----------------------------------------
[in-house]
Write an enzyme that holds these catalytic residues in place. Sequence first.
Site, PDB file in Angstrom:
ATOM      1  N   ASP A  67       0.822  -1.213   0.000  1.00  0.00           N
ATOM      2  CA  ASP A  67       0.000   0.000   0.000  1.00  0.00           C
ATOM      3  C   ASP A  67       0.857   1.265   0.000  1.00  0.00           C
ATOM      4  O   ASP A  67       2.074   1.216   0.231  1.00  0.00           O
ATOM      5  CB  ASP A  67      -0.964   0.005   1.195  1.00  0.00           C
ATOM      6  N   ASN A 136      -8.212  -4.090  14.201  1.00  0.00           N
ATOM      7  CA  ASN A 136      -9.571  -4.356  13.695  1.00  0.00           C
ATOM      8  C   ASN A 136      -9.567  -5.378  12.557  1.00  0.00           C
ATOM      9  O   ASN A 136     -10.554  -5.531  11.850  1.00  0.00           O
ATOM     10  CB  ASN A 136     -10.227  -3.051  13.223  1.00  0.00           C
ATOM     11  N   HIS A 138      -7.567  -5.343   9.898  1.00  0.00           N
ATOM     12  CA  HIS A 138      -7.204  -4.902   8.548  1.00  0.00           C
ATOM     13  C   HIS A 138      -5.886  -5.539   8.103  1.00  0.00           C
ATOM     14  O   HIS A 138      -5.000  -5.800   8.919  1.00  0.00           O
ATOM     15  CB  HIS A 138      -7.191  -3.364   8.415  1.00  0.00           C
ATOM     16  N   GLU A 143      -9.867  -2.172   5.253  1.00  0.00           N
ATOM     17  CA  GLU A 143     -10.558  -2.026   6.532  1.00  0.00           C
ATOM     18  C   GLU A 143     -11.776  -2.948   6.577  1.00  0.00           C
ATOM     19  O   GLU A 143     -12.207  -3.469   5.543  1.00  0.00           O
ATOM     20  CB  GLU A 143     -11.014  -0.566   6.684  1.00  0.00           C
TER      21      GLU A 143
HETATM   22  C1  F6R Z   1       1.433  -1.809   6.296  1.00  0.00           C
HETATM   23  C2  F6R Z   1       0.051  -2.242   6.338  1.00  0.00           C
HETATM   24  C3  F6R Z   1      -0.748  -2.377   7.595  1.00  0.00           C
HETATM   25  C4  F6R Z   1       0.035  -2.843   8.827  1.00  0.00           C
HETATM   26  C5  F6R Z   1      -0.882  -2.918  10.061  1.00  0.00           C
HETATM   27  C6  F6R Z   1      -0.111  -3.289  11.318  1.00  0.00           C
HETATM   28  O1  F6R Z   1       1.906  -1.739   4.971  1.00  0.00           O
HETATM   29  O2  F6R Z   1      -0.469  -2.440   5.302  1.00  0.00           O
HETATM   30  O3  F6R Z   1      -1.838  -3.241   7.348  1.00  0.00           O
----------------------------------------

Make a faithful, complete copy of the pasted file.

[in-house]
Write an enzyme that holds these catalytic residues in place. Sequence first.
Site, PDB file in Angstrom:
ATOM      1  N   ASP A  67       0.822  -1.213   0.000  1.00  0.00           N
ATOM      2  CA  ASP A  67       0.000   0.000   0.000  1.00  0.00           C
ATOM      3  C   ASP A  67       0.857   1.265   0.000  1.00  0.00           C
ATOM      4  O   ASP A  67       2.074   1.216   0.231  1.00  0.00           O
ATOM      5  CB  ASP A  67      -0.964   0.005   1.195  1.00  0.00           C
ATOM      6  N   ASN A 136      -8.212  -4.090  14.201  1.00  0.00           N
ATOM      7  CA  ASN A 136      -9.571  -4.356  13.695  1.00  0.00           C
ATOM      8  C   ASN A 136      -9.567  -5.378  12.557  1.00  0.00           C
ATOM      9  O   ASN A 136     -10.554  -5.531  11.850  1.00  0.00           O
ATOM     10  CB  ASN A 136     -10.227  -3.051  13.223  1.00  0.00           C
ATOM     11  N   HIS A 138      -7.567  -5.343   9.898  1.00  0.00           N
ATOM     12  CA  HIS A 138      -7.204  -4.902   8.548  1.00  0.00           C
ATOM     13  C   HIS A 138      -5.886  -5.539   8.103  1.00  0.00           C
ATOM     14  O   HIS A 138      -5.000  -5.800   8.919  1.00  0.00           O
ATOM     15  CB  HIS A 138      -7.191  -3.364   8.415  1.00  0.00           C
ATOM     16  N   GLU A 143      -9.867  -2.172   5.253  1.00  0.00           N
ATOM     17  CA  GLU A 143     -10.558  -2.026   6.532  1.00  0.00           C
ATOM     18  C   GLU A 143     -11.776  -2.948   6.577  1.00  0.00           C
ATOM     19  O   GLU A 143     -12.207  -3.469   5.543  1.00  0.00           O
ATOM     20  CB  GLU A 143     -11.014  -0.566   6.684  1.00  0.00           C
TER      21      GLU A 143
HETATM   22  C1  F6R Z   1       1.433  -1.809   6.296  1.00  0.00           C
HETATM   23  C2  F6R Z   1       0.051  -2.242   6.338  1.00  0.00           C
HETATM   24  C3  F6R Z   1      -0.748  -2.377   7.595  1.00  0.00           C
HETATM   25  C4  F6R Z   1       0.035  -2.843   8.827  1.00  0.00           C
HETATM   26  C5  F6R Z   1      -0.882  -2.918  10.061  1.00  0.00           C
HETATM   27  C6  F6R Z   1      -0.111  -3.289  11.318  1.00  0.00           C
HETATM   28  O1  F6R Z   1       1.906  -1.739   4.971  1.00  0.00           O
HETATM   29  O2  F6R Z   1      -0.469  -2.440   5.302  1.00  0.00           O
HETATM   30  O3  F6R Z   1      -1.838  -3.241   7.348  1.00  0.00           O